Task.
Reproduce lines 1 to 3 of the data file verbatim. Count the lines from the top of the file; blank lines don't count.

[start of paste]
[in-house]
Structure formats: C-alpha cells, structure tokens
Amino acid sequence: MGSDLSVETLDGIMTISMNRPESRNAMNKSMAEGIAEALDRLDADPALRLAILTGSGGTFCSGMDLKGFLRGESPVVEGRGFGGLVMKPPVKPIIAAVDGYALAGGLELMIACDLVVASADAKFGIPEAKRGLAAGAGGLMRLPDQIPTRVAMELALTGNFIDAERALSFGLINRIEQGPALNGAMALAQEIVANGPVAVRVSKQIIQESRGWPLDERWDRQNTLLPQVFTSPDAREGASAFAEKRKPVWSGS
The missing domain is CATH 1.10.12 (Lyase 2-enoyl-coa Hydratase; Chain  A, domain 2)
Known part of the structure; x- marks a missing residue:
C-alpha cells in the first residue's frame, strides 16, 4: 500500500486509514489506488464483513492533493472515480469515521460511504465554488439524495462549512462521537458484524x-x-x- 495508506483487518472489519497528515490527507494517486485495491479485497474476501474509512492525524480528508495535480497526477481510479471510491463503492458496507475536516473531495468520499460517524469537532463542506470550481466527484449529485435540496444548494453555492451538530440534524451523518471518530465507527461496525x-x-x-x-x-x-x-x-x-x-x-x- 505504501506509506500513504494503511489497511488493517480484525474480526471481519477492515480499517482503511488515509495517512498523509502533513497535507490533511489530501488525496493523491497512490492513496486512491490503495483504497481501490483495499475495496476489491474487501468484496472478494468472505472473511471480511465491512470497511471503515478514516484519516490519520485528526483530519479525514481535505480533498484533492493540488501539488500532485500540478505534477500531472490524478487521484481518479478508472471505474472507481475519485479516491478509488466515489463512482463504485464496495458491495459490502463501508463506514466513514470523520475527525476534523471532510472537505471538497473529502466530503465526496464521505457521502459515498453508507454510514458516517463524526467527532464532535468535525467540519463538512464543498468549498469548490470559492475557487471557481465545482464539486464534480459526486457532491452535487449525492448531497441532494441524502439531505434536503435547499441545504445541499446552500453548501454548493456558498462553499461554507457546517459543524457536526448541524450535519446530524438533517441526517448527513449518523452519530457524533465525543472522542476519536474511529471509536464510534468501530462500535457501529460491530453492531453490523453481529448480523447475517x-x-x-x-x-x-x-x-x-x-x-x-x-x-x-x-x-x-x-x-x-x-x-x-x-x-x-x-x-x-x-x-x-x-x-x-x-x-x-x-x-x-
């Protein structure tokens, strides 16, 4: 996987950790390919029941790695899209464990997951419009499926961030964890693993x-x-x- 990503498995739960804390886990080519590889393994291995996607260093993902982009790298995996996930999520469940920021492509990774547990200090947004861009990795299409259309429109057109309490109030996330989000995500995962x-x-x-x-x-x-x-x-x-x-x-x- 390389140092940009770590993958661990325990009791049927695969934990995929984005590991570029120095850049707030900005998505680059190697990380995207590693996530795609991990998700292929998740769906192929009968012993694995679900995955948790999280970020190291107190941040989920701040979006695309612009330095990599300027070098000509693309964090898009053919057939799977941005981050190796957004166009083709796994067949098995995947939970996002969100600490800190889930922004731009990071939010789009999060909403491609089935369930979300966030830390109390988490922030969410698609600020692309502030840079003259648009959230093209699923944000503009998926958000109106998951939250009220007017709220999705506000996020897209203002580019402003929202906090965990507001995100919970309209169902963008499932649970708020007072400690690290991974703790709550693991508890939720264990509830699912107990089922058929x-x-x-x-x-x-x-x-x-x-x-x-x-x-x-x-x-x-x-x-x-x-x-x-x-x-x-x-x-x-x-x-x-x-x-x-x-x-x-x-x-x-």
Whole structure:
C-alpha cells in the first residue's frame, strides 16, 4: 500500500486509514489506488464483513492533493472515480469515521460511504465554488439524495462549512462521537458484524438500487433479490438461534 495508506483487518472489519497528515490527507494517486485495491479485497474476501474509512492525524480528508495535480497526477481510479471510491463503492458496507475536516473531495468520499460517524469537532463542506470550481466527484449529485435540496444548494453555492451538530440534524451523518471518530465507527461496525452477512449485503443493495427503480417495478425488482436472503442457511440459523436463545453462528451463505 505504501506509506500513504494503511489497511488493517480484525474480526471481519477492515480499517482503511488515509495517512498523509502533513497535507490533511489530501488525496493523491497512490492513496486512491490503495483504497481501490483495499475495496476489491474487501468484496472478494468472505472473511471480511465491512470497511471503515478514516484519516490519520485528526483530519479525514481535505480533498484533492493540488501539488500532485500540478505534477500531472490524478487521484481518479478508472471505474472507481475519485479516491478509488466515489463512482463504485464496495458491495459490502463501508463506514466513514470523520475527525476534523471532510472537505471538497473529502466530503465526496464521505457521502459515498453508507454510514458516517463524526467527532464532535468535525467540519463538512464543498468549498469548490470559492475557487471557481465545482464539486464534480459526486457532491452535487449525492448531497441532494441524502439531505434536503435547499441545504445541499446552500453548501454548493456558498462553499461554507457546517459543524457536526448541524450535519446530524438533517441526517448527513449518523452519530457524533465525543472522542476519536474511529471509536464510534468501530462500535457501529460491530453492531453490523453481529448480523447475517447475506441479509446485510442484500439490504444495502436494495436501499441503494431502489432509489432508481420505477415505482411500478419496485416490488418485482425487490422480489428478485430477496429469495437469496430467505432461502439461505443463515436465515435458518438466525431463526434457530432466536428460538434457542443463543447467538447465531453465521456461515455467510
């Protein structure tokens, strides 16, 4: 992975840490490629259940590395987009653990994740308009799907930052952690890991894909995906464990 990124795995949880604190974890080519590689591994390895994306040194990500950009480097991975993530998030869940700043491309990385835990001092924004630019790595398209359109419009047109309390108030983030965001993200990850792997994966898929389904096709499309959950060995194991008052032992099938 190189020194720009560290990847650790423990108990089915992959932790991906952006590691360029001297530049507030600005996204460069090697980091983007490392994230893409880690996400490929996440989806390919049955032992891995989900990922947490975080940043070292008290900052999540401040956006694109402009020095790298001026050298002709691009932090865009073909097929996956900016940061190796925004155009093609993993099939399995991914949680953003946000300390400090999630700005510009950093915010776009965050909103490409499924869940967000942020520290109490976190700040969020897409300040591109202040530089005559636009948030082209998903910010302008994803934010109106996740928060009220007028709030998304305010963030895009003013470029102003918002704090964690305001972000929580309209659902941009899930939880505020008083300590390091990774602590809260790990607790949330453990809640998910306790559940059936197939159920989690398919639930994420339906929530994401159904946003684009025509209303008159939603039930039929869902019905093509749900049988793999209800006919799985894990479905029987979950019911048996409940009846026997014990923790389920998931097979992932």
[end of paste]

[in-house]
Structure formats: C-alpha cells, structure tokens
Amino acid sequence: MGSDLSVETLDGIMTISMNRPESRNAMNKSMAEGIAEALDRLDADPALRLAILTGSGGTFCSGMDLKGFLRGESPVVEGRGFGGLVMKPPVKPIIAAVDGYALAGGLELMIACDLVVASADAKFGIPEAKRGLAAGAGGLMRLPDQIPTRVAMELALTGNFIDAERALSFGLINRIEQGPALNGAMALAQEIVANGPVAVRVSKQIIQESRGWPLDERWDRQNTLLPQVFTSPDAREGASAFAEKRKPVWSGS